Etiolated rice seedlings (Oryza sativa L.) exhibited marked morphological differences when grown in sealed containers or in containers through which air was passed continuously. Enhancement of coleoptile and mesocotyl growth and inhibition of leaf and root growth in the sealed containers ("enclosure syndrome") were accompanied by accumulation of CO2 and C2H4 in and depletion of O2 from the atmosphere. Ethylene (1 μl 1-1), high levels of CO2, and reduced levels of O2 contributed equally to the increase in coleoptile and mesocotyl growth. The effect of enclosure could be mimicked by passing a gas mixture of 3% O2, 82% N2, 15% CO2 (all v/v), and 1 μl l-1) C2H4 through the vials containing the etiolated seedlings. The effects of high CO2 and low O2 concentrations were not mediated through increased C2H4 production. The enclosure syndrome was also observed in rice seedlings grown under water either in darkness or in light. The length of the rice coleoptile was positively correlated with the depth of planting in water-saturated vermiculite. The length of coleoptiles of wheat, barley, and oats was not affected by the depth of planting. In rice, the length of coleoptile was determined by the levels of O2, CO2, and ethylene, rather than by light. This regulatory mechanism allows rice seedlings to grow out of shallow water in which the concentration of O2 is limiting.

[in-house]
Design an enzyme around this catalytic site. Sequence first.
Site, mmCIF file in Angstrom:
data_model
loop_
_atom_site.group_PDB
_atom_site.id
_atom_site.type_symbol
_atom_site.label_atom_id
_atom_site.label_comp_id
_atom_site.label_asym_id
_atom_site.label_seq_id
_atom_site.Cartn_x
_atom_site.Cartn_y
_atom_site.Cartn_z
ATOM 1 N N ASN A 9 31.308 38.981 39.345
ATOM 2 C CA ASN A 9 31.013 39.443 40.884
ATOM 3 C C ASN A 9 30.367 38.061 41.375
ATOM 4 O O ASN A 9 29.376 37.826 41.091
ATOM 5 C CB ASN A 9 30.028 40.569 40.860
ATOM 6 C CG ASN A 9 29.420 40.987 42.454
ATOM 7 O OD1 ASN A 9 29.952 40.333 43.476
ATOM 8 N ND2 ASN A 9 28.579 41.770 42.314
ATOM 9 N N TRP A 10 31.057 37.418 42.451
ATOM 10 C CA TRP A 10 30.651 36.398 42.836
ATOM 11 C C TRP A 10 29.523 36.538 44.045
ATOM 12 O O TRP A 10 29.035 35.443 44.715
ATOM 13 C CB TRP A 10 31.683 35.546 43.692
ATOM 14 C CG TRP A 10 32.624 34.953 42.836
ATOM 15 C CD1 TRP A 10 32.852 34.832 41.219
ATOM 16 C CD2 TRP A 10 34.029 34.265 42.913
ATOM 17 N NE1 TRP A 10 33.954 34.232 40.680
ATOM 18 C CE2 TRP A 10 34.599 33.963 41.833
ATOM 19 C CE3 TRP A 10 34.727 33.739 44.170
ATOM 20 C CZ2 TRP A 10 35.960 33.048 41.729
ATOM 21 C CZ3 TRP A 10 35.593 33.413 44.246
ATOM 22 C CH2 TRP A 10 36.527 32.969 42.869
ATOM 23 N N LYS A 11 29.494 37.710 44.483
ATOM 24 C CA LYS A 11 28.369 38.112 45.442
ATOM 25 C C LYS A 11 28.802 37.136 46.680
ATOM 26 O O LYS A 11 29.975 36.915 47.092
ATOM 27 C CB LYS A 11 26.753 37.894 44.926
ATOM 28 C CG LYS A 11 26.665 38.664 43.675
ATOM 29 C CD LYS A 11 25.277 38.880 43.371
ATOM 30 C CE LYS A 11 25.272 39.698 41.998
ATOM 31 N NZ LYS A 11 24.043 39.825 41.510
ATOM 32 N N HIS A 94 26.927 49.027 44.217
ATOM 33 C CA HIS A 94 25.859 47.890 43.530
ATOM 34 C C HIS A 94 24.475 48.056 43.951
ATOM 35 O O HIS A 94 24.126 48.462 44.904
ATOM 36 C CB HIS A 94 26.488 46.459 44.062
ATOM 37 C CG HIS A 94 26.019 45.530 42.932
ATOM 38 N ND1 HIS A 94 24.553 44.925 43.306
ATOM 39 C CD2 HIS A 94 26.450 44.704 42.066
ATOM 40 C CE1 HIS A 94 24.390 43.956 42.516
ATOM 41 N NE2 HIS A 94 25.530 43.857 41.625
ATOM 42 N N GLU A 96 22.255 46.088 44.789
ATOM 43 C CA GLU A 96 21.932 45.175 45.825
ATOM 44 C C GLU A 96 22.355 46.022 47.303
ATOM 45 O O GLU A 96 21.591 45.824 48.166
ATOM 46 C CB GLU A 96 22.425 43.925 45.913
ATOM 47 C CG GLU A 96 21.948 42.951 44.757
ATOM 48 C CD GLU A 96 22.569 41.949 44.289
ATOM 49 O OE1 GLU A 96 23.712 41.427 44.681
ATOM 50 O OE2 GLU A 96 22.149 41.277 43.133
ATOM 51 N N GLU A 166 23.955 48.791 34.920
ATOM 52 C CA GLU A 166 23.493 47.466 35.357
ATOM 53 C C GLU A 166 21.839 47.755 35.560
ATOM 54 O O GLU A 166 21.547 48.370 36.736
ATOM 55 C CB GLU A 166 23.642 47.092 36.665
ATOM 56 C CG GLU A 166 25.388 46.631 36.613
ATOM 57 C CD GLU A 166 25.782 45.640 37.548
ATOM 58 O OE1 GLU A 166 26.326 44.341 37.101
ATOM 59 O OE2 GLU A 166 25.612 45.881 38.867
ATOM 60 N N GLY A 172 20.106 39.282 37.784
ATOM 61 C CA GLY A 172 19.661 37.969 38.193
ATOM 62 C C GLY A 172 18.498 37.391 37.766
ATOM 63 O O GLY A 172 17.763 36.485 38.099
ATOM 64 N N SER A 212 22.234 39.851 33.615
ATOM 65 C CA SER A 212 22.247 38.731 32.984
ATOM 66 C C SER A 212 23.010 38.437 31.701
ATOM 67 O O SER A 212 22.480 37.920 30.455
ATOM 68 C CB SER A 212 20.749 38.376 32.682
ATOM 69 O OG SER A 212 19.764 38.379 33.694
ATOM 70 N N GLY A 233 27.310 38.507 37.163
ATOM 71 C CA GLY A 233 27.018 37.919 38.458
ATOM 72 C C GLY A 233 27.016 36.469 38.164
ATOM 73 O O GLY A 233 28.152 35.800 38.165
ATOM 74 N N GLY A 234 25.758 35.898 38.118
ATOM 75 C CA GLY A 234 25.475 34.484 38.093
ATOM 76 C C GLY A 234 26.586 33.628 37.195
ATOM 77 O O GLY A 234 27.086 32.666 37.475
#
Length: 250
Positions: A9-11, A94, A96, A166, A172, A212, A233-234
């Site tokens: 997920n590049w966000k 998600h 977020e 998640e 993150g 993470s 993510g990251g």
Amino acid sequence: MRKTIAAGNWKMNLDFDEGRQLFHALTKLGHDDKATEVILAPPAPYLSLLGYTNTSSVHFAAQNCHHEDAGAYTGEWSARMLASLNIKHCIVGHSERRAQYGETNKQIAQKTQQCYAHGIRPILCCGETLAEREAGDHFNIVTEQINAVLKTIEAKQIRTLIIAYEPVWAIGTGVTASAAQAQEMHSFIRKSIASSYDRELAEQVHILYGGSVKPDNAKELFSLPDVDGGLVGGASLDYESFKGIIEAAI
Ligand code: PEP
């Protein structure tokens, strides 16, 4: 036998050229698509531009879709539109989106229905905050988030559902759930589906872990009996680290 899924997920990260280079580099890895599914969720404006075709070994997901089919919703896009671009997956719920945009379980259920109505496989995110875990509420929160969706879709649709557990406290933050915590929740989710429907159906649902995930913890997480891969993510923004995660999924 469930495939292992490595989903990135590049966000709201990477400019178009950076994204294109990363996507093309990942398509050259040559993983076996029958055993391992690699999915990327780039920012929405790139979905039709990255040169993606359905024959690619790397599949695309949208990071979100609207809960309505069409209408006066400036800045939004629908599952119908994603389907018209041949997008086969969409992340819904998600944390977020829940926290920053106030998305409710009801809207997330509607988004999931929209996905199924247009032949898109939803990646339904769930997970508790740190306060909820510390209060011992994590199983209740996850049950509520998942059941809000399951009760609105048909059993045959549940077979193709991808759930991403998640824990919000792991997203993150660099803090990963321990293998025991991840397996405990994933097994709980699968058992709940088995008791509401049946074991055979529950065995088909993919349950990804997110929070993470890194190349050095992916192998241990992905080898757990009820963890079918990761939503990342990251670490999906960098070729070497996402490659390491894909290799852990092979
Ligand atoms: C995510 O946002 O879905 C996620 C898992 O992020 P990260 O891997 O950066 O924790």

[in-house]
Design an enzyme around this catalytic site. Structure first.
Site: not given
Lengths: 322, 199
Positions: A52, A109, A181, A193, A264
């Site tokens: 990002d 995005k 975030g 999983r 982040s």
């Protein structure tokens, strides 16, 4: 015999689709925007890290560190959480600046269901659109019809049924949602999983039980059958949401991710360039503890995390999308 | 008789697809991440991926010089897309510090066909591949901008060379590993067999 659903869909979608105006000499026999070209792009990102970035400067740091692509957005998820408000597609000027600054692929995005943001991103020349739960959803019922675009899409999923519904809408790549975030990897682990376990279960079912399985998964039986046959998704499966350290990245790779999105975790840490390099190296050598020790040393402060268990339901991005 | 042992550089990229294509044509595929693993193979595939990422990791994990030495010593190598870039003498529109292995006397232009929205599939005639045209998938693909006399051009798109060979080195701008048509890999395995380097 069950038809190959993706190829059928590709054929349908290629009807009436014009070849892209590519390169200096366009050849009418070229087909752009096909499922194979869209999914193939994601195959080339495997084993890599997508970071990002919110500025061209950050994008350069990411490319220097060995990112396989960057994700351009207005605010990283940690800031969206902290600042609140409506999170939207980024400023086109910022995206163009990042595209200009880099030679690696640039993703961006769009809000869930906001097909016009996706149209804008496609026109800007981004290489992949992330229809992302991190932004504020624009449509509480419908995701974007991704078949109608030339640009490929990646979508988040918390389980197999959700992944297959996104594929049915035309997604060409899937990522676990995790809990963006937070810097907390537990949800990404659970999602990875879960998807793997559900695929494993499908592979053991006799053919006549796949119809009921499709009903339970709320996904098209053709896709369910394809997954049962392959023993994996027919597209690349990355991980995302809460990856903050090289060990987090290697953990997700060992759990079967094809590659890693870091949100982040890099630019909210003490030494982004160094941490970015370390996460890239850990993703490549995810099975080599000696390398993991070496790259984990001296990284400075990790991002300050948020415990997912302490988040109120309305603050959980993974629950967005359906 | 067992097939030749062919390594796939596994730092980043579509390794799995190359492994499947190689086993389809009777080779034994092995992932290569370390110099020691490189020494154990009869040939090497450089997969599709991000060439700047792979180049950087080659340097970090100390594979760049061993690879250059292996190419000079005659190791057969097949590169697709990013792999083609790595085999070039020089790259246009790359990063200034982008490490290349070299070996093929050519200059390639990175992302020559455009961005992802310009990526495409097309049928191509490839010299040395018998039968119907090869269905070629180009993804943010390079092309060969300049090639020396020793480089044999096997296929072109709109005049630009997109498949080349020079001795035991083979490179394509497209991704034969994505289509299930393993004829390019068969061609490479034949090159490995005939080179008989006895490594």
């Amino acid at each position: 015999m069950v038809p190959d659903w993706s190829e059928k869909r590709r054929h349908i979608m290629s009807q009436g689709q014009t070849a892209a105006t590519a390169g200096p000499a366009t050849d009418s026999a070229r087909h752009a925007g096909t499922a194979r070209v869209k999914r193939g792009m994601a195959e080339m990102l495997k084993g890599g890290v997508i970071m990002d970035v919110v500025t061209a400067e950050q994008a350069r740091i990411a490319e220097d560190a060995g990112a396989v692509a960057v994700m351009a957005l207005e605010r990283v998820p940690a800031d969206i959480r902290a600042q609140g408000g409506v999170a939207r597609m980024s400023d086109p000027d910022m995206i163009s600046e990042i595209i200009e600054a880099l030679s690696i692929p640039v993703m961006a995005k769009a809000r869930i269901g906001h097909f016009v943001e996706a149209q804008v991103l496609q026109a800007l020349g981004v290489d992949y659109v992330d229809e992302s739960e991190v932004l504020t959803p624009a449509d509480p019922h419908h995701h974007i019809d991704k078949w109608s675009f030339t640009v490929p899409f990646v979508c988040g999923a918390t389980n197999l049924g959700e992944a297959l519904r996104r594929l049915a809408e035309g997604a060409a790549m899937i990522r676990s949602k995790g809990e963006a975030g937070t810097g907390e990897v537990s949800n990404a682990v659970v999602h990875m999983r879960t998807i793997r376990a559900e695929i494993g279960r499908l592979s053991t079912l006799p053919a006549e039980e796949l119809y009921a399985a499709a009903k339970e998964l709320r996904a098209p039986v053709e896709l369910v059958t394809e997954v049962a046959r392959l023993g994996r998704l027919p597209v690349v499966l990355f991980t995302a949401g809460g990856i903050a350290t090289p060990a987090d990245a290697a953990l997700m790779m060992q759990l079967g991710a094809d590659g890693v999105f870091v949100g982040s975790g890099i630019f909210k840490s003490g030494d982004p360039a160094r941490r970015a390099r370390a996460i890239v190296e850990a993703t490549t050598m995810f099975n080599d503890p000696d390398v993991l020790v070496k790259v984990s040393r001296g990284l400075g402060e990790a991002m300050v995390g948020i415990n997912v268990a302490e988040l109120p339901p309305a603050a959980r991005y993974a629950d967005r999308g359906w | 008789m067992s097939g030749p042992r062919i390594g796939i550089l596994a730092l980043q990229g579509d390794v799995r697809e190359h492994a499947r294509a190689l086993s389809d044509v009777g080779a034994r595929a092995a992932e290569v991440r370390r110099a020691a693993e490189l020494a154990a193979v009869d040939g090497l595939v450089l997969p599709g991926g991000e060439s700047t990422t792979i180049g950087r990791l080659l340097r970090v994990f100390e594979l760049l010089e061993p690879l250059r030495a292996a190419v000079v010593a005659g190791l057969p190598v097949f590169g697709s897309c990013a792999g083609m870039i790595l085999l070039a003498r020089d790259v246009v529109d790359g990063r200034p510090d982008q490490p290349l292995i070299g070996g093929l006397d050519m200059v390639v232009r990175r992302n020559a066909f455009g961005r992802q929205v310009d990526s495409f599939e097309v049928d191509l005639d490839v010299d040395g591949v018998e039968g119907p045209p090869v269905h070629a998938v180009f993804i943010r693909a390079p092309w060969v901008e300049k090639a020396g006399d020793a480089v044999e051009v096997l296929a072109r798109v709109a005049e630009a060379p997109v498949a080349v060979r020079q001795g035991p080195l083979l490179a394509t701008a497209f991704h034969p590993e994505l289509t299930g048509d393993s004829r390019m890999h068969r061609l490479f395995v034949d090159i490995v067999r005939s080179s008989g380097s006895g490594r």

All Science Journal Classification (ASJC) codes
- Agronomy and Crop Science
- Plant Science